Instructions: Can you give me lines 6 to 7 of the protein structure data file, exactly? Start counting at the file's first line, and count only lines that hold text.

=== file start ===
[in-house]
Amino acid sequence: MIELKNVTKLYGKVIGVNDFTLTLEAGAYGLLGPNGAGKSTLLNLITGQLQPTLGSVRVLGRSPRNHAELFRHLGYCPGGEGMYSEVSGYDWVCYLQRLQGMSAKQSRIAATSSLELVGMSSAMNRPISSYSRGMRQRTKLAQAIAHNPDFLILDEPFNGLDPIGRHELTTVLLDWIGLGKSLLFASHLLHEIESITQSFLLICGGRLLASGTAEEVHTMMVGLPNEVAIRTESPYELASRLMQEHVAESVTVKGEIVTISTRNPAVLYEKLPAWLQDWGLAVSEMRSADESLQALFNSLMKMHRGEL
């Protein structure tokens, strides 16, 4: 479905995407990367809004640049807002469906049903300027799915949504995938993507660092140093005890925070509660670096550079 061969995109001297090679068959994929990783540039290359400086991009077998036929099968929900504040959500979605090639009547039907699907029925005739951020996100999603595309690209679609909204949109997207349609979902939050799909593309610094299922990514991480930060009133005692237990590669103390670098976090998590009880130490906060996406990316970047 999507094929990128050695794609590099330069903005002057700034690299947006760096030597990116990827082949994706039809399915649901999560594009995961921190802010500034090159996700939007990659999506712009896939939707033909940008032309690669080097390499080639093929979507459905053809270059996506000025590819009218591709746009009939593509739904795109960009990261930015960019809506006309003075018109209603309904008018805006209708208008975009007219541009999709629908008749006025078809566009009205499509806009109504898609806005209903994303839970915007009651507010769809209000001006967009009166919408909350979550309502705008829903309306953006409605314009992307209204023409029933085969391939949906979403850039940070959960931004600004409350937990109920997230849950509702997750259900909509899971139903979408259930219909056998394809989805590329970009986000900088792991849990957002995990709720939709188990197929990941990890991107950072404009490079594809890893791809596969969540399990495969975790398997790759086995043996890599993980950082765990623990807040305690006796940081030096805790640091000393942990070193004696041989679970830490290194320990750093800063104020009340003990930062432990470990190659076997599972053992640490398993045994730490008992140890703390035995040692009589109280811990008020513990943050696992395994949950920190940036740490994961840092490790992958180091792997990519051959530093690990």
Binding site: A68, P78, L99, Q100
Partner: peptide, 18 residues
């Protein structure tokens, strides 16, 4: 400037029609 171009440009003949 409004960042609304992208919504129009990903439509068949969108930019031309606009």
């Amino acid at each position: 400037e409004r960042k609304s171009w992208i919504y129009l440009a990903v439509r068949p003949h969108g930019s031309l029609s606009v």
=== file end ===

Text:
């Protein structure tokens, strides 16, 4: 400037029609 171009440009003949 409004960042609304992208919504129009990903439509068949969108930019031309606009």
């Amino acid at each position: 400037e409004r960042k609304s171009w992208i919504y129009l440009a990903v439509r068949p003949h969108g930019s031309l029609s606009v």